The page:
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I was thinking about a code that I wrote a few years ago in Python, at some point it had to get just some elements, by index, of a list of lists.

I remember I did something like this:

def getRows(m, row_indices):
    tmp = []
    for i in row_indices:
        tmp.append(m[i])
    return tmp

Now that I've learnt a little bit more since then, I'd use a list comprehension like this:

[m[i] for i in row_indices]

But I'm still wondering if there's an even more pythonic way to do it. Any ideas?

I would like to know also alternatives with numpy o any other array libraries.

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3 Answers 3

up vote 4 down vote accepted

It's worth looking at NumPy for its slicing syntax. Scroll down in the linked page until you get to "Indexing, Slicing and Iterating".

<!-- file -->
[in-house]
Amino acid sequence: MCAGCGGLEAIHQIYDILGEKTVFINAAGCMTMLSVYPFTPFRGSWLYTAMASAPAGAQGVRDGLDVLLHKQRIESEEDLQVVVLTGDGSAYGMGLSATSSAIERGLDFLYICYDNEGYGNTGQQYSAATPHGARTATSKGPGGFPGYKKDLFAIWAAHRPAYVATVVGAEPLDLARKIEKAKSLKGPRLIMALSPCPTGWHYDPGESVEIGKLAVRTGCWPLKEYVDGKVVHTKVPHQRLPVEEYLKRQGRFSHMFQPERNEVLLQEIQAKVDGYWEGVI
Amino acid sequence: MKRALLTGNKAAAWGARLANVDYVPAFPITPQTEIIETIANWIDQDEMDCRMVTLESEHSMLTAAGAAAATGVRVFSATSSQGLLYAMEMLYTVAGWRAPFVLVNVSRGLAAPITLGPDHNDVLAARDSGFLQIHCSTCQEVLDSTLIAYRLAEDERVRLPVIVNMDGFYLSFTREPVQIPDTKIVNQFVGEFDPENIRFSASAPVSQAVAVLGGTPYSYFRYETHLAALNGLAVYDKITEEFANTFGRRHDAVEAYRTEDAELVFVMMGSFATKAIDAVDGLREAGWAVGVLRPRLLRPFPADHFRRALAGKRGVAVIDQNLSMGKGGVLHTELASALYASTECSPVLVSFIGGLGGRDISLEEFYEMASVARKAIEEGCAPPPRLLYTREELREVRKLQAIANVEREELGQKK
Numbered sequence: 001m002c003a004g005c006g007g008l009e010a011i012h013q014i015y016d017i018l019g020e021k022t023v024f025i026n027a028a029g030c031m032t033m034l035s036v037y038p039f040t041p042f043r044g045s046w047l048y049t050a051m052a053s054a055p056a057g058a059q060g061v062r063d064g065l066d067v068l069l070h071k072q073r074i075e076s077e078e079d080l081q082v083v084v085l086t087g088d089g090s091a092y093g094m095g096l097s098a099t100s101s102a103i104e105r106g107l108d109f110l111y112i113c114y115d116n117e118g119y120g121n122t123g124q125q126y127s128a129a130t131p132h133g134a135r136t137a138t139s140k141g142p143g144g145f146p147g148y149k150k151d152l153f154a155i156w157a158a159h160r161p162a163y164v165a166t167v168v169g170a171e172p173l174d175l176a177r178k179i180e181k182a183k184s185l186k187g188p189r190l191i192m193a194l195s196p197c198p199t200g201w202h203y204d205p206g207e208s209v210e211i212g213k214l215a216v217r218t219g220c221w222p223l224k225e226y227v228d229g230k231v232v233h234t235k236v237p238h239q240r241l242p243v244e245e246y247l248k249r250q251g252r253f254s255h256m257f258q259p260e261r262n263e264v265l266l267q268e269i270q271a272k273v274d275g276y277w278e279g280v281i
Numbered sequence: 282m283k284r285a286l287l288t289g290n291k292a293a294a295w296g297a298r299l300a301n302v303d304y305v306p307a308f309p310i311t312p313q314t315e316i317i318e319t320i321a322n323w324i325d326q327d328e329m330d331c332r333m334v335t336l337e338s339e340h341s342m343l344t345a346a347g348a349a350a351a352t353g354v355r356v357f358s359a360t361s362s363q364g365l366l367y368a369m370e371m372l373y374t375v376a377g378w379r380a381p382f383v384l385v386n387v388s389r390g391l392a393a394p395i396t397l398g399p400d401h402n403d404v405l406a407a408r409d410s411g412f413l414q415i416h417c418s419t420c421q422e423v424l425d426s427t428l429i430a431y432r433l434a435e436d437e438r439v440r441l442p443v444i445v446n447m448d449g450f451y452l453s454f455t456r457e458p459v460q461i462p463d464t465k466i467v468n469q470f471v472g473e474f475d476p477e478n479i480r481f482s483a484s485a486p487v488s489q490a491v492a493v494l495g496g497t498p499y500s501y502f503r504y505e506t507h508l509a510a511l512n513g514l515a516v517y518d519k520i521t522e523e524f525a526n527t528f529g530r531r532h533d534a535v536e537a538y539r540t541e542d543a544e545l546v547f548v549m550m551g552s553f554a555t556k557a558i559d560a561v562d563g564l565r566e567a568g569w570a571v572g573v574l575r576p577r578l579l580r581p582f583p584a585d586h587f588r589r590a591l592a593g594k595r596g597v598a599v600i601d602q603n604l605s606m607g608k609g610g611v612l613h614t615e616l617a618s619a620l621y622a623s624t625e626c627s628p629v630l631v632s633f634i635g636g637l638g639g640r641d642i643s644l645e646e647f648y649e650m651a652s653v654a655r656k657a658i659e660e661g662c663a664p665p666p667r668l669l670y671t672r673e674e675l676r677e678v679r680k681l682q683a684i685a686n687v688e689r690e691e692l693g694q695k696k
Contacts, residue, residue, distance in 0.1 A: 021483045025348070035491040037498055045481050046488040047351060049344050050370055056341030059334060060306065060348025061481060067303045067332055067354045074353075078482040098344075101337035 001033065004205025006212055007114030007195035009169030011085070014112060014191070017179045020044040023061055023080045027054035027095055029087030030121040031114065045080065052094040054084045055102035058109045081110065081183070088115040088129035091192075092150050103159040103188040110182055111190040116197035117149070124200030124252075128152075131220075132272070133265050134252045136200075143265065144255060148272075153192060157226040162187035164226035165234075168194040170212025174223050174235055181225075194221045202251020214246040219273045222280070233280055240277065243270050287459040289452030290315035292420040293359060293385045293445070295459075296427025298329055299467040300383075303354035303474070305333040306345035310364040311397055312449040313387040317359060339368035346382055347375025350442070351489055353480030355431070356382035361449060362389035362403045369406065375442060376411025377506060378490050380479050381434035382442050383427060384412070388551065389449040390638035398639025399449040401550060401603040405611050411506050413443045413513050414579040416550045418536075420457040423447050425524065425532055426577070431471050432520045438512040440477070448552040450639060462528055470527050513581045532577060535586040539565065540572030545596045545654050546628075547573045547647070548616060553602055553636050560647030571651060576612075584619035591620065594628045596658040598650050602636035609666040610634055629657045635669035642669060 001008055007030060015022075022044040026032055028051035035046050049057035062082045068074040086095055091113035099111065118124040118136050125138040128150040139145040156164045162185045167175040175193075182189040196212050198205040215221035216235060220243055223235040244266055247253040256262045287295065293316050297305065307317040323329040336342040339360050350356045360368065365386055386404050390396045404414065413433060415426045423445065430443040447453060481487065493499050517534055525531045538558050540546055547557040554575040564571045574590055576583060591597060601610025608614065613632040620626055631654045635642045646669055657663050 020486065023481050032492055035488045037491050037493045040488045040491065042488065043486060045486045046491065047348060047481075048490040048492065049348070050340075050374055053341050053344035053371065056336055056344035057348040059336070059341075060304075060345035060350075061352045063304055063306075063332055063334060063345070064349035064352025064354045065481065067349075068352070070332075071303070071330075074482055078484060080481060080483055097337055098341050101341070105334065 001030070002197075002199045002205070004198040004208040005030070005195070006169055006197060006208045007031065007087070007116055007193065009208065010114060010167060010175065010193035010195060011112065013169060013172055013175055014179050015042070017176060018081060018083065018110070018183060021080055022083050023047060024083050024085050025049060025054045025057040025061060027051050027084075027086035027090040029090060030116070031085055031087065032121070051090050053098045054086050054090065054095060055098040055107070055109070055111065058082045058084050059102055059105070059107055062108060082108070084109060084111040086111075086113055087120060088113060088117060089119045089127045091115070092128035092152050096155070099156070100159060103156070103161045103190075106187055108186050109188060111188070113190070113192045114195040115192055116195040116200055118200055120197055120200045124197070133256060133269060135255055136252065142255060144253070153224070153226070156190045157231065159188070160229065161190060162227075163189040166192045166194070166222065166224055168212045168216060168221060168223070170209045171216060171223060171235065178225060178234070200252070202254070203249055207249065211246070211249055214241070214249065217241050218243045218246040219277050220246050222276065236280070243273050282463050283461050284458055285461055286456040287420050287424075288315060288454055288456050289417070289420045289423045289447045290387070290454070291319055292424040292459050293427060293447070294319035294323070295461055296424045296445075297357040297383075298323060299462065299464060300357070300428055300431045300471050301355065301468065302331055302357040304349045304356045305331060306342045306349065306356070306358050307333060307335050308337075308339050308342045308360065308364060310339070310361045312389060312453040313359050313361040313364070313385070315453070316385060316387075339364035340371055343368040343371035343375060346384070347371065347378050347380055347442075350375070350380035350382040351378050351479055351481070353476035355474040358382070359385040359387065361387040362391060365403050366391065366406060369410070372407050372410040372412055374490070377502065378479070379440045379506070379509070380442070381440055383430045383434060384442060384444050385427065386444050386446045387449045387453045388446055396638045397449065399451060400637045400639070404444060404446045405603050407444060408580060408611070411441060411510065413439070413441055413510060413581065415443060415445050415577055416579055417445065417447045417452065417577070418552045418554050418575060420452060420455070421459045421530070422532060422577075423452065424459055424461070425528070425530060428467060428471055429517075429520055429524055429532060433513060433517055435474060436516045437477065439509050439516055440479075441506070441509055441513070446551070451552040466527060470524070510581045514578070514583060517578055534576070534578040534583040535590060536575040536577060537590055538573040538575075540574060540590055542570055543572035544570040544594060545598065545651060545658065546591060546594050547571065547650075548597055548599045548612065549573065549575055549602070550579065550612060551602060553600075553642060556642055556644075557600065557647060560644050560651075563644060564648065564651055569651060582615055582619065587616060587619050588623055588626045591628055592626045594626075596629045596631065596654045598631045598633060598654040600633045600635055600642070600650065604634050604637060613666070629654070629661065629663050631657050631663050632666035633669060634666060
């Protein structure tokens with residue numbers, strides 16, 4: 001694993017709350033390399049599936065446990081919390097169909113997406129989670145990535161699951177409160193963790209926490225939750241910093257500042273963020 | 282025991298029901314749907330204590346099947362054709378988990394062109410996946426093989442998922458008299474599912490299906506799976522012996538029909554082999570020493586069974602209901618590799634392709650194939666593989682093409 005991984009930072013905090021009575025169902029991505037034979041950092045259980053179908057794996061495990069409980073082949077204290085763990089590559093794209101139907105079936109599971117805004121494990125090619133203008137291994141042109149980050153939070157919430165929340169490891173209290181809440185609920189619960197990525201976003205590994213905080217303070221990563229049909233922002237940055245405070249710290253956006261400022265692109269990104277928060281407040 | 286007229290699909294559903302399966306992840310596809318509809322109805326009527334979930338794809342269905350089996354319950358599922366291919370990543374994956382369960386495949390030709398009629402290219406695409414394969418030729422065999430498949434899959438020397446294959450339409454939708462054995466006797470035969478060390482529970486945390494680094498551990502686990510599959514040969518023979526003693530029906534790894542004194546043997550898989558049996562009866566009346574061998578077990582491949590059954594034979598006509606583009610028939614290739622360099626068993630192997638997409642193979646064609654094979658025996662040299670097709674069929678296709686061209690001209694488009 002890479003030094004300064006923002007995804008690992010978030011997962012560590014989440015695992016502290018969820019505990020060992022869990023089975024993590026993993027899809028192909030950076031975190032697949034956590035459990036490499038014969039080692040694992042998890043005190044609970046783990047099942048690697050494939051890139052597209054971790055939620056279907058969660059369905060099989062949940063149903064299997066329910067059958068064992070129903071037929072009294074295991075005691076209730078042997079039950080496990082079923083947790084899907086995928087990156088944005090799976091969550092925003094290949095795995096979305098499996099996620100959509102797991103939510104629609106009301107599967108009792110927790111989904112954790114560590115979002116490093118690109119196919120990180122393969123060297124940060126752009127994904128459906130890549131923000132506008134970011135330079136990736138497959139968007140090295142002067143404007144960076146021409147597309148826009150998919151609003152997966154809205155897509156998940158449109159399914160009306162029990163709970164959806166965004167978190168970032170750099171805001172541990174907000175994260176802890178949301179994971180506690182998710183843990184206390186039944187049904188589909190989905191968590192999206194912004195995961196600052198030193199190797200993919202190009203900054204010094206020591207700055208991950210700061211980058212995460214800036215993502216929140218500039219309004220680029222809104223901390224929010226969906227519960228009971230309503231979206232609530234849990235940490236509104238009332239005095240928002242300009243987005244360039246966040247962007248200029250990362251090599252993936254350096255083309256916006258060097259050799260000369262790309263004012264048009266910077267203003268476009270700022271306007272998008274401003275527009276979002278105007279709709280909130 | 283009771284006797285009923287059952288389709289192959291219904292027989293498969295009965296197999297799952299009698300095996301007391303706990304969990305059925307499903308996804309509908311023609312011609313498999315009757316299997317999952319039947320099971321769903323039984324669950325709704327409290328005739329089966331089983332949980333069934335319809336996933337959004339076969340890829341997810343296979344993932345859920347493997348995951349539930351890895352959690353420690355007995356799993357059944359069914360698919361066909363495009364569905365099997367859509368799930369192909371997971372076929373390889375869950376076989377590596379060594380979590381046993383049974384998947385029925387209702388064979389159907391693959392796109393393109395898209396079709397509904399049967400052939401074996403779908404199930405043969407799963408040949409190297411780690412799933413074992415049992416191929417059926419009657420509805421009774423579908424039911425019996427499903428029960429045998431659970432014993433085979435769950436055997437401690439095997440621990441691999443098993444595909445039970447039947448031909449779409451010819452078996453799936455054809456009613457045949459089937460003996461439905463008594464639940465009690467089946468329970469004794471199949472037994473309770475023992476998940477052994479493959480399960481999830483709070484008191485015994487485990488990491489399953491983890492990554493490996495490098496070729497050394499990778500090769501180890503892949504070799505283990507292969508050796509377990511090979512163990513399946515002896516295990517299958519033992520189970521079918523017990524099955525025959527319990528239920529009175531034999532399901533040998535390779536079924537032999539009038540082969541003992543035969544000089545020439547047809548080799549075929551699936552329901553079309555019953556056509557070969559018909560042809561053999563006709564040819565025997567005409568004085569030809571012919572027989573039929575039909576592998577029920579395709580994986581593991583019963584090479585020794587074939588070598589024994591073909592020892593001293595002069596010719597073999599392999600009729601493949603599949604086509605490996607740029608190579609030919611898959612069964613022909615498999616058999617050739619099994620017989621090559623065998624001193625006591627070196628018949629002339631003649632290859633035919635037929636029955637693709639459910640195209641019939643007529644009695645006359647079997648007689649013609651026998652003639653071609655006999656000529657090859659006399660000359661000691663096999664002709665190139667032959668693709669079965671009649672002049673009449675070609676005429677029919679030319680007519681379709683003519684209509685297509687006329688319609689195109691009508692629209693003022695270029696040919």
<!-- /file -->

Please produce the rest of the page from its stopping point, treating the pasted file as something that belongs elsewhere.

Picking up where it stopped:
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seemed promising, but nothing like I was searching :( –  fortran Jul 9 '09 at 18:04
    
in what way does numpy not fit your need? to get a row you would just do M[i, :]. –  Autoplectic Jul 9 '09 at 19:04
    
yeah, now I've tried and it works, but I didn't find it in the docs so I thought the feature was missing... –  fortran Jul 9 '09 at 22:48
    
Hmmm... I stopped at section 3.5 and the interesting stuff was at section 4.3.1 –  fortran Jul 9 '09 at 22:50

It's the clean an obvious way. So, I'd say it doesn't get more Pythonic than that.

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I was thinking that maybe there was a nicer way to pass a sequence of index between the accessor brackets or something like that :-/ –  fortran Jul 9 '09 at 16:51

As Curt said, it seems that Numpy is a good tool for this. Here's an example,

from numpy import *

a = arange(16).reshape((4,4))
b = a[:, [1,2]]
c = a[[1,2], :]

print a
print b
print c

gives

[[ 0  1  2  3]
 [ 4  5  6  7]
 [ 8  9 10 11]
 [12 13 14 15]]
[[ 1  2]
 [ 5  6]
 [ 9 10]
 [13 14]]
[[ 4  5  6  7]
 [ 8  9 10 11]]
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